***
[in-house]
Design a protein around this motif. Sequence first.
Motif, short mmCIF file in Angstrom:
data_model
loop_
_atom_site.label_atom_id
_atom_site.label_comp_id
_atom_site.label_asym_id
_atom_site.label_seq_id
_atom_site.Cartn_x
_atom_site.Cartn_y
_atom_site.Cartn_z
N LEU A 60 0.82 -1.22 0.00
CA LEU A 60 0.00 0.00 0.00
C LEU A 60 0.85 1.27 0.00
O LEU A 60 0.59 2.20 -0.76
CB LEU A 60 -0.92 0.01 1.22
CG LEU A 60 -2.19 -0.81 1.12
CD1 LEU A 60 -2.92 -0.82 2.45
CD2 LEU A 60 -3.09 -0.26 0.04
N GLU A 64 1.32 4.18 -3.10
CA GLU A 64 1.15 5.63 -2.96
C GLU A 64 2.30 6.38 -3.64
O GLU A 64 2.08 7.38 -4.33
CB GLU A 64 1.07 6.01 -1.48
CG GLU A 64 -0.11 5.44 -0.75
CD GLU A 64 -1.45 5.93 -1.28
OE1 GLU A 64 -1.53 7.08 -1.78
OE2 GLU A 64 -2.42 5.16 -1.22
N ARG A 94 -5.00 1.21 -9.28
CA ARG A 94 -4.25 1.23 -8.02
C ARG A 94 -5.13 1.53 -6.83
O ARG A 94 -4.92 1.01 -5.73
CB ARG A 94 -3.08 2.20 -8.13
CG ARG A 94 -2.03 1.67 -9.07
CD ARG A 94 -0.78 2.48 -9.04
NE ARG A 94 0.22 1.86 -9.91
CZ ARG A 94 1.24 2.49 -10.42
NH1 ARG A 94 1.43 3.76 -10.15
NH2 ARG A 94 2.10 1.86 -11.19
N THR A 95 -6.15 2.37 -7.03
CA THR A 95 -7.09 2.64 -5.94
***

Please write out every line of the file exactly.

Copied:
[in-house]
Design a protein around this motif. Sequence first.
Motif, short mmCIF file in Angstrom:
data_model
loop_
_atom_site.label_atom_id
_atom_site.label_comp_id
_atom_site.label_asym_id
_atom_site.label_seq_id
_atom_site.Cartn_x
_atom_site.Cartn_y
_atom_site.Cartn_z
N LEU A 60 0.82 -1.22 0.00
CA LEU A 60 0.00 0.00 0.00
C LEU A 60 0.85 1.27 0.00
O LEU A 60 0.59 2.20 -0.76
CB LEU A 60 -0.92 0.01 1.22
CG LEU A 60 -2.19 -0.81 1.12
CD1 LEU A 60 -2.92 -0.82 2.45
CD2 LEU A 60 -3.09 -0.26 0.04
N GLU A 64 1.32 4.18 -3.10
CA GLU A 64 1.15 5.63 -2.96
C GLU A 64 2.30 6.38 -3.64
O GLU A 64 2.08 7.38 -4.33
CB GLU A 64 1.07 6.01 -1.48
CG GLU A 64 -0.11 5.44 -0.75
CD GLU A 64 -1.45 5.93 -1.28
OE1 GLU A 64 -1.53 7.08 -1.78
OE2 GLU A 64 -2.42 5.16 -1.22
N ARG A 94 -5.00 1.21 -9.28
CA ARG A 94 -4.25 1.23 -8.02
C ARG A 94 -5.13 1.53 -6.83
O ARG A 94 -4.92 1.01 -5.73
CB ARG A 94 -3.08 2.20 -8.13
CG ARG A 94 -2.03 1.67 -9.07
CD ARG A 94 -0.78 2.48 -9.04
NE ARG A 94 0.22 1.86 -9.91
CZ ARG A 94 1.24 2.49 -10.42
NH1 ARG A 94 1.43 3.76 -10.15
NH2 ARG A 94 2.10 1.86 -11.19
N THR A 95 -6.15 2.37 -7.03
CA THR A 95 -7.09 2.64 -5.94